Drug addiction is a widely misunderstood disease. Many people don’t know how or why people become addicted to drugs, and there are lots of damaging misconceptions about drug addiction being the result of a lack of willpower or moral values. In reality, drug addiction is a complex disease.
Drugs affect the brain’s reward system. They create a surge of dopamine, which causes a sense of euphoria and reinforces drug taking.
If the brain’s reward system was functioning properly an individual would get this positive reinforcement from doing things that are necessary to survive and thrive, such as eating, drinking, and spending time with family and friends.
Repeated drug use changes this reward system; an individual starts to need more and more of the drug to get the same sense of euphoria they had the first time they took it, and they are no longer able to get the same pleasure from other things they used to enjoy. This is known as tolerance.
When someone is addicted to drugs they take them despite the negative and harmful consequences because their brain’s reward system is reinforcing the behaviour.
When we understand and acknowledge that addiction occurs because of a change in brain function, we are able to treat addiction more effectively. Treatment should involve medications and behavioural treatment to alter the affected brain processes.
That said there are important social components that play a role too. A person’s environment and genes can influence whether or not they will use and become addicted to drugs.
If you are struggling with drug abuse or addiction you are not alone - around 31 million people worldwide suffer from drug use disorders.
Drug addiction is a treatable disease, and just recognising that you have a problem and deciding to make a change is an important step towards recovery.
How do I get help for drug addiction?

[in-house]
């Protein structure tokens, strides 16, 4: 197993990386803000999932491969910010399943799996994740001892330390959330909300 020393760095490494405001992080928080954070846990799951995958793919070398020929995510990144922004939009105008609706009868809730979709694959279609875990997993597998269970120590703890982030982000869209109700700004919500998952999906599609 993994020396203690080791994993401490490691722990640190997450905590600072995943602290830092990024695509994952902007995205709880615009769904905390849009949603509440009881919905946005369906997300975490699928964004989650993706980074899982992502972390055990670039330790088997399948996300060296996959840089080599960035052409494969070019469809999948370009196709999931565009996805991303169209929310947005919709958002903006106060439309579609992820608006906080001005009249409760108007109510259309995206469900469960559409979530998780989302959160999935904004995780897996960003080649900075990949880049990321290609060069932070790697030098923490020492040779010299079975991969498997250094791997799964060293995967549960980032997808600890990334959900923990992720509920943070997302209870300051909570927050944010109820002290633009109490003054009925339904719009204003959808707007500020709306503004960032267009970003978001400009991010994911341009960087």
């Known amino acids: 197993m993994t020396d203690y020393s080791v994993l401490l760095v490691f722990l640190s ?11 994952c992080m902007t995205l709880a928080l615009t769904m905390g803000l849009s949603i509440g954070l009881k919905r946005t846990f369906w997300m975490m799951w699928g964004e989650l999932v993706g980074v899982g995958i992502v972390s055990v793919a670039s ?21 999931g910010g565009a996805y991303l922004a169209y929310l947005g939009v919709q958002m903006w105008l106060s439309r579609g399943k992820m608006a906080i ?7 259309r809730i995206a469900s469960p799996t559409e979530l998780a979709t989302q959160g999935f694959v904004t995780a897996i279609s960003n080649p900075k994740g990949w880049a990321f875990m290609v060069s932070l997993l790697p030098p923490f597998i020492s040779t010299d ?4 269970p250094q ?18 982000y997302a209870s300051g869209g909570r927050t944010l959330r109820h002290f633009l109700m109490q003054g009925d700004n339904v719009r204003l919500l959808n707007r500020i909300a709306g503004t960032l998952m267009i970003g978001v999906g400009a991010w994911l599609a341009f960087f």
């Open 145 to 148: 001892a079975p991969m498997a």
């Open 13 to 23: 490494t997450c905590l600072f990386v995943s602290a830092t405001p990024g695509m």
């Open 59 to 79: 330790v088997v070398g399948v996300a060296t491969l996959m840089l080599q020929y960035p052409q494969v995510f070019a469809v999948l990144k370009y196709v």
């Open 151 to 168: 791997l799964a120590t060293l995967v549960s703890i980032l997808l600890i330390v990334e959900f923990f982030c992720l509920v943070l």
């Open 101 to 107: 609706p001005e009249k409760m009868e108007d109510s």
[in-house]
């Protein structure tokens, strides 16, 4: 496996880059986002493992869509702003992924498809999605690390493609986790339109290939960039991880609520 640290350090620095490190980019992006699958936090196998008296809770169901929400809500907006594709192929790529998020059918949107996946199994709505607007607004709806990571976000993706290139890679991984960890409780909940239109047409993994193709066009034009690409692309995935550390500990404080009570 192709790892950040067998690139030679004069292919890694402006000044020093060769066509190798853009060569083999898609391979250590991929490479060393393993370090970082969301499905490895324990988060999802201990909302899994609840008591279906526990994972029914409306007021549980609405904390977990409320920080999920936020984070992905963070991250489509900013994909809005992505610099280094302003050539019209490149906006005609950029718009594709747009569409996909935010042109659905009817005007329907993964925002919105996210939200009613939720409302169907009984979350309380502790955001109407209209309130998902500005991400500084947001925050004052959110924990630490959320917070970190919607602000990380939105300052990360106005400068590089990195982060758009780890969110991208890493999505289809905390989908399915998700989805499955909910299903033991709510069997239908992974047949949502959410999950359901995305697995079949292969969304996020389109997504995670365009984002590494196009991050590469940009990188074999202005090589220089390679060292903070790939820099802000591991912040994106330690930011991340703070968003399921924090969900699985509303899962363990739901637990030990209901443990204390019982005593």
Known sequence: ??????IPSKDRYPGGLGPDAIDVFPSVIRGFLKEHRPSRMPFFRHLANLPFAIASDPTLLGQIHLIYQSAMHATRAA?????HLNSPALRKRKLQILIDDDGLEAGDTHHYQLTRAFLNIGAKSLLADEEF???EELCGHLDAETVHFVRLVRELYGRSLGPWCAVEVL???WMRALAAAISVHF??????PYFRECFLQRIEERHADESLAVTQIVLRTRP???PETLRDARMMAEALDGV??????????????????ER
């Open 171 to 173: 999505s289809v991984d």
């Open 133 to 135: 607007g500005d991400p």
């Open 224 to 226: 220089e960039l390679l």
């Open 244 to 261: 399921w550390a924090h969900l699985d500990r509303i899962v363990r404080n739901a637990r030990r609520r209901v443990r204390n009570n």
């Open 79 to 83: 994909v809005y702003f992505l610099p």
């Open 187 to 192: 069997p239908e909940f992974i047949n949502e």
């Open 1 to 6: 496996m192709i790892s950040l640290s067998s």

As we’ve mentioned, the first step to recovery is to recognise you have a problem. Seeking help can be scary, and it’s normal to feel unsure and conflicted about whether or not you’re ready to make a change.
You don’t have to overcome drug addiction alone. You can ask your friends and family for support, and reach out to your doctor and other resources that might be available in your country.
Below is a list of country specific resources:
- Narcotics anonymous
- Substance Abuse Treatment Facility Locator
- Call the SAMHSA helpline at 1-800-662-4357
- Narcotics anonymous UK
- NHS drug addiction support services
- Call the Talk to Frank helpline on 0300 1236600.
- The Canadian Centre on Substance Use and Addiction can provide information about addiction treatment helplines in your area
- Visit the Alcohol and Drug Foundation for a list of help and support services available
Recovery from drug addiction is not always linear. More often than not, relapse is part of the recovery journey. Don’t be discouraged if this is the case for you, it doesn’t mean you have failed. Reach out to your support networks, and try and identify what led to your relapse.
You might also find it useful to:
- Remember why you decided to change
- Try and identify what worked and what didn’t (if you’ve tried to recover before)
- Set specific goals, such as how many recovery meetings you will attend a week
- Remove reminders or triggers of your addiction from your life
- Ask your friends and family for support
What drug treatment involves
The changes that occur in the brain of someone who suffers from addiction are long-lasting, so addiction must be treated as a chronic (long-term) illness rather than an acute (short-term) illness.
This means instead of seeking to cure addiction, the aim should be to treat it, and relapses should not be viewed as a failure, but instead a setback. In fact, research has shown that people who suffer from drug addiction experience relapses at a similar rate to someone who suffers from asthma or hypertension.